Kennecke: And he wasn’t taken to the hospital?
Del Barse: No, he was begging for help and the prisoners who were aware of his situation and how dire it was becoming, were banging on the windows and trying to get people’s attention to come and help him.

Eventually Leslie was removed from his cell.

“They put him in a chair and they rolled him out into the lobby and he sat there another few hours in the chair; seemingly unconscious, until the ambulance came,” Del Barse said.

Rochelle was allowed to visit her husband in the hospital before he died.

“He wanted to hear my voice one last time and tell me he loved me. He just wanted me to tell all the kids and family members, siblings, how much he loved them,” Rochelle said.

Fellow inmate dies before Leslie

Leslie Barse’s roommate in the COVID-19 unit of Avera McKennan hospital was fellow inmate, Clayton Creek.

“I looked at him, at Clayton and I said, ‘I don’t know if you’re a praying man. I’m mostly not. But I’m going to say a prayer for you. And the next time I came, he was gone,” Del Barse said.

Creek died two days before Leslie.

A voice from behind bars

Richard Woodraska is serving time for aggravated assault at the Jameson Annex at the Sioux Falls prison. He spoke to KELOLAND Investigates on the phone about what it was like behind bars during the COVID-19 outbreak. Woodraska claims too little was done to protect healthy inmates from exposure to those who were sick.

“There was one guy, his name was Clayton Creek. He was my cellie (cellmate). Clayton, he had about six months left. He was obviously an older guy at higher risk. So I feel like they should have released him. They should have let him go home,” Woodraska said.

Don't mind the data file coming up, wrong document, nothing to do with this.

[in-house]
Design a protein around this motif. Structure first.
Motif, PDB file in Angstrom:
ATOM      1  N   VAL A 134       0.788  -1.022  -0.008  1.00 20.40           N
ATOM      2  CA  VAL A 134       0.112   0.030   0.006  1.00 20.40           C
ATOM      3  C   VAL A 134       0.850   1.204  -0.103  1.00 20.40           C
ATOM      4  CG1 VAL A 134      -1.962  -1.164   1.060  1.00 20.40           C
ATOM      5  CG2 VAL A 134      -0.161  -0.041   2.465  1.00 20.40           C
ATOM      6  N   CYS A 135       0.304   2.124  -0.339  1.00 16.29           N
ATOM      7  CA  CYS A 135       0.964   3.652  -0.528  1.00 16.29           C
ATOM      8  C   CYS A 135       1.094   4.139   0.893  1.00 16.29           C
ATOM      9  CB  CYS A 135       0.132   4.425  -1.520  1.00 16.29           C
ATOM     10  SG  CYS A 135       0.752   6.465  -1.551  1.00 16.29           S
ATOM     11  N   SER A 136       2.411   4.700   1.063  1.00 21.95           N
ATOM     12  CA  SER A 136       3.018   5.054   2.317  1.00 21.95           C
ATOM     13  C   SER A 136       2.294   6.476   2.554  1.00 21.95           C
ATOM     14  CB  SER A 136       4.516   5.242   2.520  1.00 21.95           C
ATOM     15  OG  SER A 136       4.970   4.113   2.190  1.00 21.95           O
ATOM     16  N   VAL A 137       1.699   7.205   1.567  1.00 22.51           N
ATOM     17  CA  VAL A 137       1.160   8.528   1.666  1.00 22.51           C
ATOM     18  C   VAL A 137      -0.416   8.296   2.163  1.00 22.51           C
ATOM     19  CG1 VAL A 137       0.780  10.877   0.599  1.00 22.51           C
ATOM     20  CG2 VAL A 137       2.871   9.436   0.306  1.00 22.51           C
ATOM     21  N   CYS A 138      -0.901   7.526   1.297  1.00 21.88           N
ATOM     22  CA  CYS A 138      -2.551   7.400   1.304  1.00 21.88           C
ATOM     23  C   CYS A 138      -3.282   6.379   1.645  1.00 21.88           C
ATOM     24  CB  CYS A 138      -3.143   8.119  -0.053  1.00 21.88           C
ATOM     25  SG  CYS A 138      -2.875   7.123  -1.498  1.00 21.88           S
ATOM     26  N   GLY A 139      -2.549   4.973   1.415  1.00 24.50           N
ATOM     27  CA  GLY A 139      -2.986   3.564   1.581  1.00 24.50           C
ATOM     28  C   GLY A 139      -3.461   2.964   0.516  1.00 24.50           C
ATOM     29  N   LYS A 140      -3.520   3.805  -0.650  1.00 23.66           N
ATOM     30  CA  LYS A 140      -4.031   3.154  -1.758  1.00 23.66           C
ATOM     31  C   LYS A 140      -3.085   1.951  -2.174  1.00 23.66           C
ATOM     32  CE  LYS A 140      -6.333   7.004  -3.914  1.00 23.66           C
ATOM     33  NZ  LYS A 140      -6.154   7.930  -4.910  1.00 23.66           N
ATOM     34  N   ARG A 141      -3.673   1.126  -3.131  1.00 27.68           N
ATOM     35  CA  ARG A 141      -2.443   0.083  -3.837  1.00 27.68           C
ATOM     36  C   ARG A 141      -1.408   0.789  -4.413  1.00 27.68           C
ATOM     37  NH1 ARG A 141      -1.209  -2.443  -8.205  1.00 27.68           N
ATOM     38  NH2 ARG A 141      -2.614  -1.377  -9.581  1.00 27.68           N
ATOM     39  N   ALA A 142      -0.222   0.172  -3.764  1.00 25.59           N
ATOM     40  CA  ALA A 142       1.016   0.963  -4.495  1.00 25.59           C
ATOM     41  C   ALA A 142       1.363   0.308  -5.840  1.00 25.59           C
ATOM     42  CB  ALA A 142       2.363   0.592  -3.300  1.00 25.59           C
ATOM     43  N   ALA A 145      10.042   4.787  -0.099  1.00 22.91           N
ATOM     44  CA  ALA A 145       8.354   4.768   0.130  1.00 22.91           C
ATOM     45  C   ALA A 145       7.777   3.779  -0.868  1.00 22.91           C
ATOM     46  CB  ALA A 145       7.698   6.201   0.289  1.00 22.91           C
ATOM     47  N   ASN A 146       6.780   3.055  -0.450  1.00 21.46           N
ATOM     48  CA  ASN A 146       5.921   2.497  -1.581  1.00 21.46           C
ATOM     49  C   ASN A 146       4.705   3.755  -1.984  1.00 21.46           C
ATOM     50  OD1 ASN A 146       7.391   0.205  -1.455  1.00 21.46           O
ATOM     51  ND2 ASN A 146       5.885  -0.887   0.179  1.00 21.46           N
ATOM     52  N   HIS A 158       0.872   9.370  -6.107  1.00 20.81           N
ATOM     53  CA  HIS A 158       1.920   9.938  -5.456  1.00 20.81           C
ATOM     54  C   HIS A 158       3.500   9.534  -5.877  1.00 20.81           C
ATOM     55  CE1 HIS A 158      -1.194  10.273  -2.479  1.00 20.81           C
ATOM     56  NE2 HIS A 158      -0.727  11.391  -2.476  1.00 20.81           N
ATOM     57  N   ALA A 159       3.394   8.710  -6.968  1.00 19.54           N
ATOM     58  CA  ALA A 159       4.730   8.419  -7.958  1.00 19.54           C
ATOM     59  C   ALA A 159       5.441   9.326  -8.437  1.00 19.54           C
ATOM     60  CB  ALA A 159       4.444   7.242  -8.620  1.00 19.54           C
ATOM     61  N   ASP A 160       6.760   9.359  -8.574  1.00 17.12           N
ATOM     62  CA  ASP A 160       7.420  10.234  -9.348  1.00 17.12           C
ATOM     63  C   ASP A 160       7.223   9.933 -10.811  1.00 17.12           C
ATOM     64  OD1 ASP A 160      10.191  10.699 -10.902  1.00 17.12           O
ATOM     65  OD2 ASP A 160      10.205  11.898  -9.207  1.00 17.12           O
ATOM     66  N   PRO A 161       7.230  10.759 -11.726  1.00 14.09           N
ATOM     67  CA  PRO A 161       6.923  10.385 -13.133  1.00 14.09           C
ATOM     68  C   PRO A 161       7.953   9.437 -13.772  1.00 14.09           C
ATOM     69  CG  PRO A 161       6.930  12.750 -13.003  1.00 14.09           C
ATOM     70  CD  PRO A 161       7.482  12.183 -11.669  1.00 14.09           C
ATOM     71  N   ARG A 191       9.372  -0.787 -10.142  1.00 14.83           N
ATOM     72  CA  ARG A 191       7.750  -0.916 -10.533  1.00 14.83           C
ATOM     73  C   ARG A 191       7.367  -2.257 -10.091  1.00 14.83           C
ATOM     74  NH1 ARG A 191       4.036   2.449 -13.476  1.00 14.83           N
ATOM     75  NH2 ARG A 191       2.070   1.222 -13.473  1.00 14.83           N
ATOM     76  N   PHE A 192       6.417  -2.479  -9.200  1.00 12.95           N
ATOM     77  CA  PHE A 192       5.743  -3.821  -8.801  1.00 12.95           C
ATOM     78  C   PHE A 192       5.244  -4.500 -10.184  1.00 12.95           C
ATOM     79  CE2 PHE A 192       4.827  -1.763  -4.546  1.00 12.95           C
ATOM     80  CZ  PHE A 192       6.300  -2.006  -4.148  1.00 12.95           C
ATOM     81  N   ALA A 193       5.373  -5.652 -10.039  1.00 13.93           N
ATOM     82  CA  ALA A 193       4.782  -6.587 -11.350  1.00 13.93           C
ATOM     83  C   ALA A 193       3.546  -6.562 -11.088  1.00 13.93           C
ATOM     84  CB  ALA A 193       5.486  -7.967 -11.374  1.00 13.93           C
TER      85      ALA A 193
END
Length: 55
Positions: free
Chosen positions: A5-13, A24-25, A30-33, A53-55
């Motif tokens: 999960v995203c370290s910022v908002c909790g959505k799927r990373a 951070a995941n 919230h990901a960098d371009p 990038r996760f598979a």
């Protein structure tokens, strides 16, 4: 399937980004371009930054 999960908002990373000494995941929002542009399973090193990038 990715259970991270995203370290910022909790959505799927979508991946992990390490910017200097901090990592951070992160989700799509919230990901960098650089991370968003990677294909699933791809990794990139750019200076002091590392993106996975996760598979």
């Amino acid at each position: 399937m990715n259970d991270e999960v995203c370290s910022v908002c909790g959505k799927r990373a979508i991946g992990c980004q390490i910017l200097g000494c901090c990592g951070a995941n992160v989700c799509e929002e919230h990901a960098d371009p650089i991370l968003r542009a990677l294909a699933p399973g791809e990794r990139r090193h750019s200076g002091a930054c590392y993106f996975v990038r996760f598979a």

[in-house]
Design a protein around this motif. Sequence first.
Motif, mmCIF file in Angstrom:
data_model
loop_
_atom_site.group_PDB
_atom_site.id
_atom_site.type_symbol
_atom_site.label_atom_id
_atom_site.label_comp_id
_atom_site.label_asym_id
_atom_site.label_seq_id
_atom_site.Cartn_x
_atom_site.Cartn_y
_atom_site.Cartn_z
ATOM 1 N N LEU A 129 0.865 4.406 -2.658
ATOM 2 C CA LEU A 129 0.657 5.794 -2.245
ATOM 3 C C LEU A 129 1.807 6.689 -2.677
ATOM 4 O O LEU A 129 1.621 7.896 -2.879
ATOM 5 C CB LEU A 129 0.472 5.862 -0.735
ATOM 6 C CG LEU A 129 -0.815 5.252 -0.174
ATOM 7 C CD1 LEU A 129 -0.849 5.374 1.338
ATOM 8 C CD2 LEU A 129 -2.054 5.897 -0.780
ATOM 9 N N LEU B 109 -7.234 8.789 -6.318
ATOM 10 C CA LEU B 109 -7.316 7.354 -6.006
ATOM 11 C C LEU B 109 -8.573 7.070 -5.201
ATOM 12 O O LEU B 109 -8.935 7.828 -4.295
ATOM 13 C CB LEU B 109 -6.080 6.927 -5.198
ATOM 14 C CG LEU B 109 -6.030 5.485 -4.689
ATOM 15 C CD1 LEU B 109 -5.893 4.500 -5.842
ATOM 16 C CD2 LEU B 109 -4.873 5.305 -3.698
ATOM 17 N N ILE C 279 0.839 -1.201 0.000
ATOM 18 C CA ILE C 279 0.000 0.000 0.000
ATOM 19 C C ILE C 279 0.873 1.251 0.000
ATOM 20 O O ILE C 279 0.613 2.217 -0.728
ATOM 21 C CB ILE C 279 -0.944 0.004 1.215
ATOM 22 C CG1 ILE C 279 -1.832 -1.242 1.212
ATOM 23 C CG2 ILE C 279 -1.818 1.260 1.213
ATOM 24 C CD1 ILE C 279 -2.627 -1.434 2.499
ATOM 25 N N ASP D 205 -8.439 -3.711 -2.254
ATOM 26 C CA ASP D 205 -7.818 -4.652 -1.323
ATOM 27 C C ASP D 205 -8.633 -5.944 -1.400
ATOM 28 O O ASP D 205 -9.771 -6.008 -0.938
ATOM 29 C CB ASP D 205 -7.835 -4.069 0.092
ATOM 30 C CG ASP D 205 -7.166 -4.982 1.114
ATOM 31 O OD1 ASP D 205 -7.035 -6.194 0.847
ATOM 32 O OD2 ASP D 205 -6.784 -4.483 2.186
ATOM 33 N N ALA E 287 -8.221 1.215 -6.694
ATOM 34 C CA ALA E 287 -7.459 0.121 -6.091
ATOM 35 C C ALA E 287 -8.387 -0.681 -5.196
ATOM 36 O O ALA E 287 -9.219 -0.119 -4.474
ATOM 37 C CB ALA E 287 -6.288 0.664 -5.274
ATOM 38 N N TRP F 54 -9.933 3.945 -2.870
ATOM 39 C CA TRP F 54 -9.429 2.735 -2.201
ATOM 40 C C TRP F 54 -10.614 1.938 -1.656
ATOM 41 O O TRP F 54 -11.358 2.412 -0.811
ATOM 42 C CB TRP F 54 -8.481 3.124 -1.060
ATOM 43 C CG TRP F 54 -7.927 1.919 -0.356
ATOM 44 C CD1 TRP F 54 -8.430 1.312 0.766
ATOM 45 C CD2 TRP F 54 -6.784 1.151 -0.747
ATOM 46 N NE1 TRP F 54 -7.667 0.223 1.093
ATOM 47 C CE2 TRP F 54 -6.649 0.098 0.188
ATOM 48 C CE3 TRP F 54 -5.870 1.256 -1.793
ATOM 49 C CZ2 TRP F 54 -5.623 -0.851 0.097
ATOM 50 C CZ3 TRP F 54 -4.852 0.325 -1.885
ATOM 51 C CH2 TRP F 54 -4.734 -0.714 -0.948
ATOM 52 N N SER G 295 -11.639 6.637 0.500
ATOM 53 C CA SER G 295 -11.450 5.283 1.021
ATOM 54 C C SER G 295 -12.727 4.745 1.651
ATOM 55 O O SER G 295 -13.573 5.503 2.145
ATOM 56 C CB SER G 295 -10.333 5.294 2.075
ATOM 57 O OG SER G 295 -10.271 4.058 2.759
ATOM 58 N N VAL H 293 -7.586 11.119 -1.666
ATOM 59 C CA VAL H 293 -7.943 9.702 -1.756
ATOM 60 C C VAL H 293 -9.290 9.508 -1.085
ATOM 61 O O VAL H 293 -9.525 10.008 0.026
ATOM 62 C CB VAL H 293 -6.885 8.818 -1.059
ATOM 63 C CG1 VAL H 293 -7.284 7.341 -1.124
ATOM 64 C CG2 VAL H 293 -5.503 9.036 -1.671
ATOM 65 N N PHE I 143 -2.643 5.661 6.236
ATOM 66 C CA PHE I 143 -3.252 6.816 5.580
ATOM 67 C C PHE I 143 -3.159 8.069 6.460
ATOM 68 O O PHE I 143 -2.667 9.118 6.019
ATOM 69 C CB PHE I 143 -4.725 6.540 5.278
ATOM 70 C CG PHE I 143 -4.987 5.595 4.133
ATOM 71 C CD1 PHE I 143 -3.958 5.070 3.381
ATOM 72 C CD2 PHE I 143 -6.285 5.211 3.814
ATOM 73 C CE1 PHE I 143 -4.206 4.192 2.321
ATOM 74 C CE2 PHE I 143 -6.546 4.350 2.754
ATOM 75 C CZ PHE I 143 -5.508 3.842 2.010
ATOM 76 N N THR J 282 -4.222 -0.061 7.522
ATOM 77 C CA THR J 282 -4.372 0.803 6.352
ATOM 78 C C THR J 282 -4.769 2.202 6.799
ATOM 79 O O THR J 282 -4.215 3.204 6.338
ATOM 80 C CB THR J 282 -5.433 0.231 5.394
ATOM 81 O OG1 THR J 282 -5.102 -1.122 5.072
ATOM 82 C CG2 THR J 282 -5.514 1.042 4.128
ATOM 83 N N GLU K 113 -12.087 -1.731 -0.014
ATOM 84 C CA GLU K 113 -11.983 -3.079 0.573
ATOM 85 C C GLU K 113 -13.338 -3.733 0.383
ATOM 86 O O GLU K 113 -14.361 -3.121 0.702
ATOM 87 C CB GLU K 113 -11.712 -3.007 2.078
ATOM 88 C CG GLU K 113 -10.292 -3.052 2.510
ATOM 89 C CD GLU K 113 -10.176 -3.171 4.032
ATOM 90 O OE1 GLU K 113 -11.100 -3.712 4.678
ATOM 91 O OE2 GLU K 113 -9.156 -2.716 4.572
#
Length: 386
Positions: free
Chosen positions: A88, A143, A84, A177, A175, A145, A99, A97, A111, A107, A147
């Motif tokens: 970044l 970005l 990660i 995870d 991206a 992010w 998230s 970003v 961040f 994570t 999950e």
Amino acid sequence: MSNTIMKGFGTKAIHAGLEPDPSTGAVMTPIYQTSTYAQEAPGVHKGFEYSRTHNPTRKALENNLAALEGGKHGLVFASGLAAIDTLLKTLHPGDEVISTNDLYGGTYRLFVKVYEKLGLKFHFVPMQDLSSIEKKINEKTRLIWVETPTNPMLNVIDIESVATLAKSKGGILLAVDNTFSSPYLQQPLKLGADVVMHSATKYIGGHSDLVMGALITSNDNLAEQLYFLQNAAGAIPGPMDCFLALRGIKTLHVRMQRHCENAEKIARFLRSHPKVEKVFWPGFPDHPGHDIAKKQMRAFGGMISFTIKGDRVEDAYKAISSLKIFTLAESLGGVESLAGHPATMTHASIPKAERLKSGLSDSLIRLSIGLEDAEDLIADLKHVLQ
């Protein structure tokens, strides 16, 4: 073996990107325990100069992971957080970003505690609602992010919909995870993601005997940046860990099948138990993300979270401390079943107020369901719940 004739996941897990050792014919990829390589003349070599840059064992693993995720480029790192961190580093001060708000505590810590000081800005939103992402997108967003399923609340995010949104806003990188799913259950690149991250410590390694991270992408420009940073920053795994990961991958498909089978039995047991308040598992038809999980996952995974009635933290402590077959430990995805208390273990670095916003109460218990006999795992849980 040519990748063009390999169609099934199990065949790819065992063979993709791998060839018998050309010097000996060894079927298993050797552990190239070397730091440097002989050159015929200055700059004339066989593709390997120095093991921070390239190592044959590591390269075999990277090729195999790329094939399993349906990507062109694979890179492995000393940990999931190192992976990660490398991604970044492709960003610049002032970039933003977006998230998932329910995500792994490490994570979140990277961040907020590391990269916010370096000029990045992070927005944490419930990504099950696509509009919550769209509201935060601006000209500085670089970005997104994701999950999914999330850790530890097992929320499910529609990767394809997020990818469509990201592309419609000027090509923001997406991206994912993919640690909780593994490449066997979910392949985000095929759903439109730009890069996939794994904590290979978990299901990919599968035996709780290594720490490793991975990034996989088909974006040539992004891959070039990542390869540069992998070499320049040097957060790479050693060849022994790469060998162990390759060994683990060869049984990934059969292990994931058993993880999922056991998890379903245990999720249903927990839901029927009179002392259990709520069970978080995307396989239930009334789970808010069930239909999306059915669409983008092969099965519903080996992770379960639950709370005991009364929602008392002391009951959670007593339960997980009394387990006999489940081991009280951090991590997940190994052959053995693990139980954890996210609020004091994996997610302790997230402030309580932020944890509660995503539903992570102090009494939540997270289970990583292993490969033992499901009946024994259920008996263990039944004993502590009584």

“When we line up for chow, they would release like 60 inmates at a time for chow and there’s not enough room for that many inmates to come out. So everybody was an elbow’s distance away from one another. Everybody was like coughing; breathing on each other,” Woodraska said.

He says both he and his current cellmate got sick.

“We were both just sick as dogs. They came in and tested us. He tested positive, I tested negative. And so they put me in quarantine and let him go roam around,’ Woodraska said.

Rochelle heard similar concerns from Leslie.

“It didn’t make sense because they were moving people who had COVID with people who didn’t have it. He said to me, ‘I don’t know why they are moving us the way they are,'” Renville said.

DOC denies interview request

In an email to KELOLAND Investigates, the Department of Corrections says it activated a plan to continue operations during the pandemic with the primary focus on safety, sanitation, security and supervision. However, under South Dakota law, that emergency response plan is not public, but the DOC posted periodic updates online and says it followed the South Dakota Department of Health’s and CDC’s precautions, practices and prevention methods for COVID-19.

“The DOC activated our Continuity of Operations Plan (COOP), which establishes direct response and management ensuring that critical functions continue within our department. Our agency divisions and facilities identified essential function staff and operations, with the primary focus on safety, sanitation, security and supervision. Essential services such as food, laundry, medical, behavioral health, and maintenance continued in our facilities. We followed the guidance of the South Dakota Department of Health, our medical provider, and the Centers for Disease Control in regard to precautions, practices and prevention methods for COVID-19. The COOP plan is part of our emergency response plan, which is not public per SDCL 1-27-1.5 (17). Secretary Leidholt is not available for an interview.”